NYC trader suicide becomes 11th this year in financial community
The incident occurred Tuesday morning around 6 a.m. in Syosset, New York, when 47-year-old Edmund Reilly was struck by a Long Island Rail Road commuter train. Declared dead at the scene, Reilly’s identity was confirmed by LIRR, which also stated an investigation was underway.
According to the Daily Mail, Reilly’s suicide marks the 11th time this year that an employee in the financial world has taken his or her own life. Witnesses said they saw Reilly – who worked for Vertical Group in Manhattan – standing near the tracks before jumping in front of the train.
Speaking with the New York Post, a family friend said he saw Reilly over the weekend and that he “didn’t look good.”
“Eddie was a great guy,” said Vertical Group managing director Rob Schaffer to the Post. “We are very upset and he will be deeply missed.”
As RT reported last month, there has been a string of suicides this year related to those working in finance. At one point in late January, four individuals killed themselves within a span of one week.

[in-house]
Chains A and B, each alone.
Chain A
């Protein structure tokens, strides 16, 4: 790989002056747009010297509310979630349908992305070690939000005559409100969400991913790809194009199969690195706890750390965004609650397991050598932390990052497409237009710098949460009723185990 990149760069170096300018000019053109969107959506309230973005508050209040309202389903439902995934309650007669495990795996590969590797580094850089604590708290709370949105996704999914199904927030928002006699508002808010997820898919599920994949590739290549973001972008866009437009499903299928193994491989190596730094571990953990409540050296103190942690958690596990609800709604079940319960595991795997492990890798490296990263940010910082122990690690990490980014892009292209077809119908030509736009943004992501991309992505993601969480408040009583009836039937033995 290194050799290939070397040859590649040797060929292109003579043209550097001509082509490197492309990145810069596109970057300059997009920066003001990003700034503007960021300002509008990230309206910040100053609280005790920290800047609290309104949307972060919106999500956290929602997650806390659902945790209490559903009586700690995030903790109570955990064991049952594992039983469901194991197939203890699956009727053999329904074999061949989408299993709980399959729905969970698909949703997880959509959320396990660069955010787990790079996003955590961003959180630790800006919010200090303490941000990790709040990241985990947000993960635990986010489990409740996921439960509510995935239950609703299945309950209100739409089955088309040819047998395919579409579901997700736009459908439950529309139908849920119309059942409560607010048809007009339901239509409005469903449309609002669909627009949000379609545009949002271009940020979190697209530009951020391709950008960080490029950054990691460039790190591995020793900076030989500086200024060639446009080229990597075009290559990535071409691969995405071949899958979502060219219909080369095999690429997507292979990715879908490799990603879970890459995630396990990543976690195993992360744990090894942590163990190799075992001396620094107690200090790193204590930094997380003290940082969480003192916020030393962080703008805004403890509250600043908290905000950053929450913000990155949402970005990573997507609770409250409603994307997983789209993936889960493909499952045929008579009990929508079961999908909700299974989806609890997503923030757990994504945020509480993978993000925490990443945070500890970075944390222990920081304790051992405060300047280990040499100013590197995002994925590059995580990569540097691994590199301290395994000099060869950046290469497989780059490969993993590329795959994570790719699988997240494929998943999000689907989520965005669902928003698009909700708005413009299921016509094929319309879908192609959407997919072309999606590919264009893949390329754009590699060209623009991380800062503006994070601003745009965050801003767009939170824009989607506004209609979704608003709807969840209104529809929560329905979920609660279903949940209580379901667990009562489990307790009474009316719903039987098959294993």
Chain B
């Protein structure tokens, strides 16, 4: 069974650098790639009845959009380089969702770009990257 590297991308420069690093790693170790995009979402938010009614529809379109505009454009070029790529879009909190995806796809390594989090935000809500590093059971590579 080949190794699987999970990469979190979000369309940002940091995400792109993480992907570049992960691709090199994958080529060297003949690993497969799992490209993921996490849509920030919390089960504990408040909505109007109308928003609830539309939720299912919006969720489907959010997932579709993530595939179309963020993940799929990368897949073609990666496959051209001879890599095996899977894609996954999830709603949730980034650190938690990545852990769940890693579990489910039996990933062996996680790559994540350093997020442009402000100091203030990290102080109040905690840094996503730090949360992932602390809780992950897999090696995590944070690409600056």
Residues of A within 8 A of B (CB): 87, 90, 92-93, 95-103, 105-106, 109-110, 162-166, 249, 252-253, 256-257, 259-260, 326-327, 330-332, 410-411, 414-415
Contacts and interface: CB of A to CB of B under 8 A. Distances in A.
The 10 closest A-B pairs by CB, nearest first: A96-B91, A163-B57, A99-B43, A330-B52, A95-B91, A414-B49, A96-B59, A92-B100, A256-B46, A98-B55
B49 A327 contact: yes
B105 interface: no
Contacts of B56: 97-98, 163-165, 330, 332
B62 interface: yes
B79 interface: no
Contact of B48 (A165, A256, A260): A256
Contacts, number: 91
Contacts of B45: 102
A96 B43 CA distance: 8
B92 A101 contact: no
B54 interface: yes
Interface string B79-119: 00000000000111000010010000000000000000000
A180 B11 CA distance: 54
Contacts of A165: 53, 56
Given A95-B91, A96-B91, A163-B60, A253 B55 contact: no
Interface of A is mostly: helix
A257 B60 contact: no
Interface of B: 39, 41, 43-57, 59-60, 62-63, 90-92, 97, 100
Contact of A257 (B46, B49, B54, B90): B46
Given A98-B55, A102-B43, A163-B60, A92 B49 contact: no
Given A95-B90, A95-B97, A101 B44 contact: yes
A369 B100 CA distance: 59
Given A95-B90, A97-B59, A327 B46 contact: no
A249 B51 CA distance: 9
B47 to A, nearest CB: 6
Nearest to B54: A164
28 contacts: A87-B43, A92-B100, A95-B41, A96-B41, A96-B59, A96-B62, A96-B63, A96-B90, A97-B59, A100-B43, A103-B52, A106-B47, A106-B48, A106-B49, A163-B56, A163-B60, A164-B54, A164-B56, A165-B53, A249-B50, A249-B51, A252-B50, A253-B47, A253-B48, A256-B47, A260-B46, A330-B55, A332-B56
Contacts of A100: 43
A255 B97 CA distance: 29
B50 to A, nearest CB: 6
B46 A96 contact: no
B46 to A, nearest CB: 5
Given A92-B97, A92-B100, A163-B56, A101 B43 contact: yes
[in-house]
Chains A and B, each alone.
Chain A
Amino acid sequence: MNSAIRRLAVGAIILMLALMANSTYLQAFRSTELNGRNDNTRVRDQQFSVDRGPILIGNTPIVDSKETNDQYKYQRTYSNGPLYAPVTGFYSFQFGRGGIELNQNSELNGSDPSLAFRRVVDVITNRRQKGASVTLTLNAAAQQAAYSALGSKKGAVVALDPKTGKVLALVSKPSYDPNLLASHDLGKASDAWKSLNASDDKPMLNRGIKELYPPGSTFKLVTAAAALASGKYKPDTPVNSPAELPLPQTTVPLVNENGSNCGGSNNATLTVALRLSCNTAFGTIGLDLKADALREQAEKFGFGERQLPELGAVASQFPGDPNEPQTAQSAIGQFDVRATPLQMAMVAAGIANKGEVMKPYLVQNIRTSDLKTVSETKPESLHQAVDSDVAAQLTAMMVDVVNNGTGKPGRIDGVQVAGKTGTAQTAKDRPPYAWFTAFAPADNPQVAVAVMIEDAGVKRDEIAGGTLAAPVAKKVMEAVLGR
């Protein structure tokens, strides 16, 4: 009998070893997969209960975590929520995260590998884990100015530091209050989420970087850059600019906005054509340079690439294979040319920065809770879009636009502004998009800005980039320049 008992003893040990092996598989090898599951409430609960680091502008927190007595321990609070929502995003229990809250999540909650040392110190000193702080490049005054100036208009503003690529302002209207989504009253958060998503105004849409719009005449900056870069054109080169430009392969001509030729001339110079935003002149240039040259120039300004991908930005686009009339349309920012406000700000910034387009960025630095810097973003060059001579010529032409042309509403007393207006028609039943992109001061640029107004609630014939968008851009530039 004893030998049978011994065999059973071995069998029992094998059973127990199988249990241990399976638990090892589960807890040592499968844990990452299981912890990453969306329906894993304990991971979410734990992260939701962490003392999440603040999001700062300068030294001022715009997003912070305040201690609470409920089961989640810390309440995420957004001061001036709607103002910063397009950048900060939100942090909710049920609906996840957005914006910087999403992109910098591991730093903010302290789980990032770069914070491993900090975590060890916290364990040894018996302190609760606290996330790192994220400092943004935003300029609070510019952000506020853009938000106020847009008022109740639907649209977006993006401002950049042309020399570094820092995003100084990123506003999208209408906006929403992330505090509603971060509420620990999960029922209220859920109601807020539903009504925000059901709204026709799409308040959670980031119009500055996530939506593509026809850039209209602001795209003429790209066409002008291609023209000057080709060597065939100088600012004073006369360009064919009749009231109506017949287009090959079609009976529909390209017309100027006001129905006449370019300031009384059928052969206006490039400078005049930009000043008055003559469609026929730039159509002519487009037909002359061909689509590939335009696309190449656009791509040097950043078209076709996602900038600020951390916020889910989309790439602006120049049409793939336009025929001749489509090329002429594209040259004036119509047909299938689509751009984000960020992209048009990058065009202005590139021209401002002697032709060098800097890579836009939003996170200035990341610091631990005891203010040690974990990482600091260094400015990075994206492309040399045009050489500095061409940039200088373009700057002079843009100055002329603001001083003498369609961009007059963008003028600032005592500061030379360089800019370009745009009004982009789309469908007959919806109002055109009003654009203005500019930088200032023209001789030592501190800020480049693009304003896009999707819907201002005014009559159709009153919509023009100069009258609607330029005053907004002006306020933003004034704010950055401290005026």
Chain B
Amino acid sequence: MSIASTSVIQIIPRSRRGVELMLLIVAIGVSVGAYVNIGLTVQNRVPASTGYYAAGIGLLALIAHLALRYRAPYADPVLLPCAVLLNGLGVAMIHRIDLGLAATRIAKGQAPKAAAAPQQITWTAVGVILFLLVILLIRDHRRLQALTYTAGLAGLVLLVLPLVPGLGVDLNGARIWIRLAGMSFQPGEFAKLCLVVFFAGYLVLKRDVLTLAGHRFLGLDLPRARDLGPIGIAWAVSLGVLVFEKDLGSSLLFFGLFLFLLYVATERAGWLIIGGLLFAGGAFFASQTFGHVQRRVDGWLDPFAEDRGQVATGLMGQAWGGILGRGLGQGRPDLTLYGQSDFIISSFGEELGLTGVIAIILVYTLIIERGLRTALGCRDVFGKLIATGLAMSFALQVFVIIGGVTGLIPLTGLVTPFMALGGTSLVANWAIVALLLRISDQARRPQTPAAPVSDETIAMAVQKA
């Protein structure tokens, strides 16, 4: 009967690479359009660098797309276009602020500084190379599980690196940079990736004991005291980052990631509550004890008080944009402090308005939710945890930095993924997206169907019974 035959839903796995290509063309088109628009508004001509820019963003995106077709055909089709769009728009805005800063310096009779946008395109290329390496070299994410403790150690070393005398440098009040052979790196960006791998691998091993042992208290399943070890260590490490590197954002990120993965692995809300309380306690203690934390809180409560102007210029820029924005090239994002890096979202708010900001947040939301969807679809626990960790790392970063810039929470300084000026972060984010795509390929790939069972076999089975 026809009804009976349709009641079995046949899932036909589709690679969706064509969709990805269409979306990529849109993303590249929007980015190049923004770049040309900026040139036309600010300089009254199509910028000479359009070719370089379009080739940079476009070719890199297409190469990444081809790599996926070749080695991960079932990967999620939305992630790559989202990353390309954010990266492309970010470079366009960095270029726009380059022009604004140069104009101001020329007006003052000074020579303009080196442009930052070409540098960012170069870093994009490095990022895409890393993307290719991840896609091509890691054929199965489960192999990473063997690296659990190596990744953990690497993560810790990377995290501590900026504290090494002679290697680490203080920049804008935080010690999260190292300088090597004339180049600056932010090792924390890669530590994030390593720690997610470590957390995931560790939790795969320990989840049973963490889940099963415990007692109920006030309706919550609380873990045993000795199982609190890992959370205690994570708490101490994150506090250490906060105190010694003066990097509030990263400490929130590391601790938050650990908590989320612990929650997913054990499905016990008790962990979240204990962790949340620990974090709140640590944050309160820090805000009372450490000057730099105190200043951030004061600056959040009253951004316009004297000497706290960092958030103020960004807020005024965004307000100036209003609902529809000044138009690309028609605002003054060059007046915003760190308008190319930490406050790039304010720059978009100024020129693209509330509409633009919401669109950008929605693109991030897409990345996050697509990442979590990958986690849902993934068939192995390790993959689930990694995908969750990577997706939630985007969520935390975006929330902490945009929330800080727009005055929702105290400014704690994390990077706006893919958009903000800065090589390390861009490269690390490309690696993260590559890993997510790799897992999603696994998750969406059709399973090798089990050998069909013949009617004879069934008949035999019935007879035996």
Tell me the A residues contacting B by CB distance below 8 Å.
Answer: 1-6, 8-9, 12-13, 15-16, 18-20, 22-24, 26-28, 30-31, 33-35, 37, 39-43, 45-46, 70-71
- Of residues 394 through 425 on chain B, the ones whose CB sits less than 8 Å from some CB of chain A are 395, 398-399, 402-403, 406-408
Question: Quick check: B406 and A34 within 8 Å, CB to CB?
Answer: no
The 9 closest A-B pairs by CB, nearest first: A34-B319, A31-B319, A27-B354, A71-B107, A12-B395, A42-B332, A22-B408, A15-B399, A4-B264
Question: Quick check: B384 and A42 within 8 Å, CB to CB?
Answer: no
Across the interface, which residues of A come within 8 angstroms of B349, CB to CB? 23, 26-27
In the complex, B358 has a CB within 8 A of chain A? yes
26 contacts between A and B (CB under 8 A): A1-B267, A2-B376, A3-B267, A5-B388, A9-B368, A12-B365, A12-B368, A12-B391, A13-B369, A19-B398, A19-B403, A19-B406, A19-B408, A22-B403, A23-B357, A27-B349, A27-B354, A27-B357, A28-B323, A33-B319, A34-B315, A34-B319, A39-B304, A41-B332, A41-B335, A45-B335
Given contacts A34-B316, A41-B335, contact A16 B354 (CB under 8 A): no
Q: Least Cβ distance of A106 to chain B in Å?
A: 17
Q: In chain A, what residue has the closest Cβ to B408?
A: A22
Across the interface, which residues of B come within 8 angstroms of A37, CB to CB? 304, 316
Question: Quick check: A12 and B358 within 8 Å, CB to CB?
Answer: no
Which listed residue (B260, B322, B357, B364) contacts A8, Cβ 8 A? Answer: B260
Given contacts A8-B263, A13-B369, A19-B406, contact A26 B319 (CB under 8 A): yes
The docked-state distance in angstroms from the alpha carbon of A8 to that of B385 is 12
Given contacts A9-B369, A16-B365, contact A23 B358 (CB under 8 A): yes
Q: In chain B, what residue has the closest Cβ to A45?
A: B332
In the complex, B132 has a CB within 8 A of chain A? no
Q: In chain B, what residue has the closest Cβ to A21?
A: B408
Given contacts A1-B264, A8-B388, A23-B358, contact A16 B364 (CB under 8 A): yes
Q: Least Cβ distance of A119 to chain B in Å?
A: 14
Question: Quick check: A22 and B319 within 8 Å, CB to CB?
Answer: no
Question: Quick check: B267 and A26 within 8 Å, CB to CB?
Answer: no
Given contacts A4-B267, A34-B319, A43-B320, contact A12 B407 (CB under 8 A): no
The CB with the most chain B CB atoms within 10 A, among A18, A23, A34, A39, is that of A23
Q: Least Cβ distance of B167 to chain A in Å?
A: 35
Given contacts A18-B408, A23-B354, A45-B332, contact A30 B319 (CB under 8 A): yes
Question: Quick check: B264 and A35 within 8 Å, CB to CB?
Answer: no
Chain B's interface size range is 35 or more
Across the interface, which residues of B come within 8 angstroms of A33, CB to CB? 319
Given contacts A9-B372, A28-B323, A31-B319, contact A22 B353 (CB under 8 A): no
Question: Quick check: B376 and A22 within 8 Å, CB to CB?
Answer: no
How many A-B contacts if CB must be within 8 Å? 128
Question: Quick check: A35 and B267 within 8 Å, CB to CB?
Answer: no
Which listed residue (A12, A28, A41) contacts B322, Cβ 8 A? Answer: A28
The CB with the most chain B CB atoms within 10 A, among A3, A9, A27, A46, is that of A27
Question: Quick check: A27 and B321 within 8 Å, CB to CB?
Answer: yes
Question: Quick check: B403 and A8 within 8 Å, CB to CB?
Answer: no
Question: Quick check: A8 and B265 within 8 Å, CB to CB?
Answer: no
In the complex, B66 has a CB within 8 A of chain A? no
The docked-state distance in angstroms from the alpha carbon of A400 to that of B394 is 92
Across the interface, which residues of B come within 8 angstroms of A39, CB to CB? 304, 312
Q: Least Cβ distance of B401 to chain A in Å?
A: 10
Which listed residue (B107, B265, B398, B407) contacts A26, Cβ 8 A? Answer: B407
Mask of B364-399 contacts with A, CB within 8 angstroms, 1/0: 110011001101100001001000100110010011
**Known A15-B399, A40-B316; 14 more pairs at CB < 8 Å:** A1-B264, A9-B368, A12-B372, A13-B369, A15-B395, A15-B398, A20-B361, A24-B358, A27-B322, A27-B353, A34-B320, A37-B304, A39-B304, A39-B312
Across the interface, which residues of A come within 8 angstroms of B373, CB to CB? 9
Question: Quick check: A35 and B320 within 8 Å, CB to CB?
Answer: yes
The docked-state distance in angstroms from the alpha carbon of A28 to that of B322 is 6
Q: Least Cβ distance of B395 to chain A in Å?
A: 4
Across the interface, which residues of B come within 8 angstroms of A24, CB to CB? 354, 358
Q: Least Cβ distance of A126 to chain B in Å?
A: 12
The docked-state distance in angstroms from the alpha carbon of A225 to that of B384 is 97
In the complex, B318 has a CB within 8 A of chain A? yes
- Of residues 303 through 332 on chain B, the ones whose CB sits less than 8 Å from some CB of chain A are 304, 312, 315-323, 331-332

The first finance-related death this year was recorded on January 26, when Deutsche Bank AG's William Broeksmit, 58, was found hanged in his home after reportedly committing suicide. Only a day later, Tata Motors managing director Karl Slym, 51, was found dead in his hotel room in Thailand, also an apparent suicide.
Meanwhile, two JP Morgan Chase employees were declared dead after tumbling from the rooftops of their respective buildings in London and Hong Kong. Overall, three JP Morgan employees have died from suspected suicides this year, though they are not believed to be connected.
Just recently, CEO Autumn Radtke of First Meta, a digital currency exchange firm, was declared dead after reportedly jumping from her apartment building in Singapore. Police did not believe her death to involve any third party, and a fellow bitcoin entrepreneur said Radtke’s death was not connected to any business dealings.
In at least one case – that of Broeksmit – there were reports of problems at work, but details were nonexistent and Deutsche Bank denied the claim.
Jobs on Wall Street and within the banking world have become somewhat infamous for the burden they place on employees through long hours, intense competition and stress. As RT reported previously, some institutions have started informing their staff to take more time off work, while countries like Belgium and the Netherlands have even shortened their work week from 40 hours to 30.